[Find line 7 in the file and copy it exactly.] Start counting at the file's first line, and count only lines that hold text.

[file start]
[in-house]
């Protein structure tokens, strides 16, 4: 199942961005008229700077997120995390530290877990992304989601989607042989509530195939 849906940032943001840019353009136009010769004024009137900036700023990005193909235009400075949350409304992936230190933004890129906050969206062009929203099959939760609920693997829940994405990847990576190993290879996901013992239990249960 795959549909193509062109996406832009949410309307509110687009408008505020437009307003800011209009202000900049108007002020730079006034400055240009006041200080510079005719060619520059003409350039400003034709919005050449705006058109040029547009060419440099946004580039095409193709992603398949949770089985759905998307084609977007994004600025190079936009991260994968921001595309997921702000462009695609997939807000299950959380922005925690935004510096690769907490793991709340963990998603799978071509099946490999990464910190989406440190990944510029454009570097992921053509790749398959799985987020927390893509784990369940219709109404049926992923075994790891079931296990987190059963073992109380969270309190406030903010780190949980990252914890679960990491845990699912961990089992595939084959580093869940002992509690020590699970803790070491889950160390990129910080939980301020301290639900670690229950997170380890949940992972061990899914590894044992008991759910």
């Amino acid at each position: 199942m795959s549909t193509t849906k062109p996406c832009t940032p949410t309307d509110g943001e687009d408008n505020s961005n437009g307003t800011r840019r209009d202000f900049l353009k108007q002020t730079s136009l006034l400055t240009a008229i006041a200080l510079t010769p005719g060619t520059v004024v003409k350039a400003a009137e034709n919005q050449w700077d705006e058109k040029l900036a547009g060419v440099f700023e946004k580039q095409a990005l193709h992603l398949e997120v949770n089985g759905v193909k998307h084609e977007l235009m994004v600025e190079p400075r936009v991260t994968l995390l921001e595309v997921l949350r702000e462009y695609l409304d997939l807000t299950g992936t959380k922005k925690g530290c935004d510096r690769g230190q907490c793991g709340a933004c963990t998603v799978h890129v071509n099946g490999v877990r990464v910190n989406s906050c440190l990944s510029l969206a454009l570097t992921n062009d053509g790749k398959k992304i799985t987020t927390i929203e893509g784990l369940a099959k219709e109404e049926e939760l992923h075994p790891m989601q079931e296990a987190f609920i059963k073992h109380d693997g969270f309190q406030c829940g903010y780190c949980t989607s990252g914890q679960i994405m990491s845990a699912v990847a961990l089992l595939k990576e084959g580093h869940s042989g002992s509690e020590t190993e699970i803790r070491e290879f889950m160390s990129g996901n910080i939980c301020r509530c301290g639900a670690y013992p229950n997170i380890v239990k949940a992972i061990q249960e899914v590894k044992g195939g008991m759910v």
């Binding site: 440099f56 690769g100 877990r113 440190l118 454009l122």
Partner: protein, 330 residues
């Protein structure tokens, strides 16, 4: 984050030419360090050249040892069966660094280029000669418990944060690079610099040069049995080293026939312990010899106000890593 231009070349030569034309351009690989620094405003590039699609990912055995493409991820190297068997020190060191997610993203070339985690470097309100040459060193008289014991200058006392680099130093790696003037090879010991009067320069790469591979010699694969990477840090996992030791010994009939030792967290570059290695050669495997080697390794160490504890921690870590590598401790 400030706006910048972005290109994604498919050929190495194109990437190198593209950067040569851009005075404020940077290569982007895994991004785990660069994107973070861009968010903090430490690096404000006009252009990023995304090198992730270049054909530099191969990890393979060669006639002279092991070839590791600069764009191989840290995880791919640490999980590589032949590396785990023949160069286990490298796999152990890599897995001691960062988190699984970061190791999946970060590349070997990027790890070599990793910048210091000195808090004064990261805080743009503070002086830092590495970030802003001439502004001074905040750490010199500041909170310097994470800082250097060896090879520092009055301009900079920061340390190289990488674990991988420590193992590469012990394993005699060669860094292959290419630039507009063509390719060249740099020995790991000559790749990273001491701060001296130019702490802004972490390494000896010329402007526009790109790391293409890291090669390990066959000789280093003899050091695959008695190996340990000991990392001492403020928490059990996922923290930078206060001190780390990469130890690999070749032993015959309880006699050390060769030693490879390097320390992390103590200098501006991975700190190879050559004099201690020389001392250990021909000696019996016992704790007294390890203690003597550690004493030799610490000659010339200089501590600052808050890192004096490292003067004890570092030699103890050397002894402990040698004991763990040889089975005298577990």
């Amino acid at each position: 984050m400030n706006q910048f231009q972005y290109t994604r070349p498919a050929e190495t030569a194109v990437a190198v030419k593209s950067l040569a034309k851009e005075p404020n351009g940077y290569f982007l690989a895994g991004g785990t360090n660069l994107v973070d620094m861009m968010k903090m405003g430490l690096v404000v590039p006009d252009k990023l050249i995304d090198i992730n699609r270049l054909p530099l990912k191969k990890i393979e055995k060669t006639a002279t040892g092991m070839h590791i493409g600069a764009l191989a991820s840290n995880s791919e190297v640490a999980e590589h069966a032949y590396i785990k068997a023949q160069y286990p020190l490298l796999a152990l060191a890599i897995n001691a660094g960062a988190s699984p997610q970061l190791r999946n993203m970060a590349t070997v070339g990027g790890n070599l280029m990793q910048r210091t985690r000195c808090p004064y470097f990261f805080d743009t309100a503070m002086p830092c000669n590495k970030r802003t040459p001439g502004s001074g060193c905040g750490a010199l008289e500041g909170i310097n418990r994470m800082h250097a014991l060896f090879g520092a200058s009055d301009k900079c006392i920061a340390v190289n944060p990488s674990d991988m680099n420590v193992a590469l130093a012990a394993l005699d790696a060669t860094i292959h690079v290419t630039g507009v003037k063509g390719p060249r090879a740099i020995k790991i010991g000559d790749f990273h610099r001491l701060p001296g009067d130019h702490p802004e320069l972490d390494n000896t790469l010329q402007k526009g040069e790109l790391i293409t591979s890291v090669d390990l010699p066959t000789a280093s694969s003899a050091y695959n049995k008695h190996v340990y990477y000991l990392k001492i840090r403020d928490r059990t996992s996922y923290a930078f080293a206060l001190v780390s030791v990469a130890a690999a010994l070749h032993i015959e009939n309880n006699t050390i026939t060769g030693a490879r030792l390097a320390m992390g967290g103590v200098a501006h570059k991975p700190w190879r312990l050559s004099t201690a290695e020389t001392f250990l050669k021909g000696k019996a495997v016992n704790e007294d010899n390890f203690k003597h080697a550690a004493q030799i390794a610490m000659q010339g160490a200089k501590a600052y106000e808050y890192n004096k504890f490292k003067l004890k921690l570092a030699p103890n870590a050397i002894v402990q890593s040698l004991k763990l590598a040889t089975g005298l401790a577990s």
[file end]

């Amino acid at each position: 984050m400030n706006q910048f231009q972005y290109t994604r070349p498919a050929e190495t030569a194109v990437a190198v030419k593209s950067l040569a034309k851009e005075p404020n351009g940077y290569f982007l690989a895994g991004g785990t360090n660069l994107v973070d620094m861009m968010k903090m405003g430490l690096v404000v590039p006009d252009k990023l050249i995304d090198i992730n699609r270049l054909p530099l990912k191969k990890i393979e055995k060669t006639a002279t040892g092991m070839h590791i493409g600069a764009l191989a991820s840290n995880s791919e190297v640490a999980e590589h069966a032949y590396i785990k068997a023949q160069y286990p020190l490298l796999a152990l060191a890599i897995n001691a660094g960062a988190s699984p997610q970061l190791r999946n993203m970060a590349t070997v070339g990027g790890n070599l280029m990793q910048r210091t985690r000195c808090p004064y470097f990261f805080d743009t309100a503070m002086p830092c000669n590495k970030r802003t040459p001439g502004s001074g060193c905040g750490a010199l008289e500041g909170i310097n418990r994470m800082h250097a014991l060896f090879g520092a200058s009055d301009k900079c006392i920061a340390v190289n944060p990488s674990d991988m680099n420590v193992a590469l130093a012990a394993l005699d790696a060669t860094i292959h690079v290419t630039g507009v003037k063509g390719p060249r090879a740099i020995k790991i010991g000559d790749f990273h610099r001491l701060p001296g009067d130019h702490p802004e320069l972490d390494n000896t790469l010329q402007k526009g040069e790109l790391i293409t591979s890291v090669d390990l010699p066959t000789a280093s694969s003899a050091y695959n049995k008695h190996v340990y990477y000991l990392k001492i840090r403020d928490r059990t996992s996922y923290a930078f080293a206060l001190v780390s030791v990469a130890a690999a010994l070749h032993i015959e009939n309880n006699t050390i026939t060769g030693a490879r030792l390097a320390m992390g967290g103590v200098a501006h570059k991975p700190w190879r312990l050559s004099t201690a290695e020389t001392f250990l050669k021909g000696k019996a495997v016992n704790e007294d010899n390890f203690k003597h080697a550690a004493q030799i390794a610490m000659q010339g160490a200089k501590a600052y106000e808050y890192n004096k504890f490292k003067l004890k921690l570092a030699p103890n870590a050397i002894v402990q890593s040698l004991k763990l590598a040889t089975g005298l401790a577990s």